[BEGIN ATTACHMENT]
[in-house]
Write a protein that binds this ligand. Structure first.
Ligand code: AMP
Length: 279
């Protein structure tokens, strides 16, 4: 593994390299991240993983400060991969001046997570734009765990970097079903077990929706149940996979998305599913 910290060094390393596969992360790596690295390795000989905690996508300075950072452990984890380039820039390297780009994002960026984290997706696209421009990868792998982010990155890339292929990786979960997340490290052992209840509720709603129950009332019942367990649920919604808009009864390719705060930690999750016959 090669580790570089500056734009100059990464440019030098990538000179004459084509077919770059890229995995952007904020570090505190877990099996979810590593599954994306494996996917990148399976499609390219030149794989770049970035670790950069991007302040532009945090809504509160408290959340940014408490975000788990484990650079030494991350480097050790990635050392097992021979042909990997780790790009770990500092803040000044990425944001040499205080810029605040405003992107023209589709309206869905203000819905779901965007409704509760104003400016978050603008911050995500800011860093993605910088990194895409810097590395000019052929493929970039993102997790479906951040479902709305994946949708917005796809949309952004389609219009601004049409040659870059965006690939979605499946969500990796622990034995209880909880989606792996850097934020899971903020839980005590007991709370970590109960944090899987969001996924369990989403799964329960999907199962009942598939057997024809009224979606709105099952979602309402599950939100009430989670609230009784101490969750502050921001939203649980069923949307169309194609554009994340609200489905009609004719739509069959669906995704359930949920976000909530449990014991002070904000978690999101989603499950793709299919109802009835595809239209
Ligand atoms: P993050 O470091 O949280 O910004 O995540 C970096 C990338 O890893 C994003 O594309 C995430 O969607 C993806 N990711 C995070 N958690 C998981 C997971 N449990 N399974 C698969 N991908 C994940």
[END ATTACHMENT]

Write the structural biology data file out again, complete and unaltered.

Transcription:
[in-house]
Write a protein that binds this ligand. Structure first.
Ligand code: AMP
Length: 279
């Protein structure tokens, strides 16, 4: 593994390299991240993983400060991969001046997570734009765990970097079903077990929706149940996979998305599913 910290060094390393596969992360790596690295390795000989905690996508300075950072452990984890380039820039390297780009994002960026984290997706696209421009990868792998982010990155890339292929990786979960997340490290052992209840509720709603129950009332019942367990649920919604808009009864390719705060930690999750016959 090669580790570089500056734009100059990464440019030098990538000179004459084509077919770059890229995995952007904020570090505190877990099996979810590593599954994306494996996917990148399976499609390219030149794989770049970035670790950069991007302040532009945090809504509160408290959340940014408490975000788990484990650079030494991350480097050790990635050392097992021979042909990997780790790009770990500092803040000044990425944001040499205080810029605040405003992107023209589709309206869905203000819905779901965007409704509760104003400016978050603008911050995500800011860093993605910088990194895409810097590395000019052929493929970039993102997790479906951040479902709305994946949708917005796809949309952004389609219009601004049409040659870059965006690939979605499946969500990796622990034995209880909880989606792996850097934020899971903020839980005590007991709370970590109960944090899987969001996924369990989403799964329960999907199962009942598939057997024809009224979606709105099952979602309402599950939100009430989670609230009784101490969750502050921001939203649980069923949307169309194609554009994340609200489905009609004719739509069959669906995704359930949920976000909530449990014991002070904000978690999101989603499950793709299919109802009835595809239209
Ligand atoms: P993050 O470091 O949280 O910004 O995540 C970096 C990338 O890893 C994003 O594309 C995430 O969607 C993806 N990711 C995070 N958690 C998981 C997971 N449990 N399974 C698969 N991908 C994940």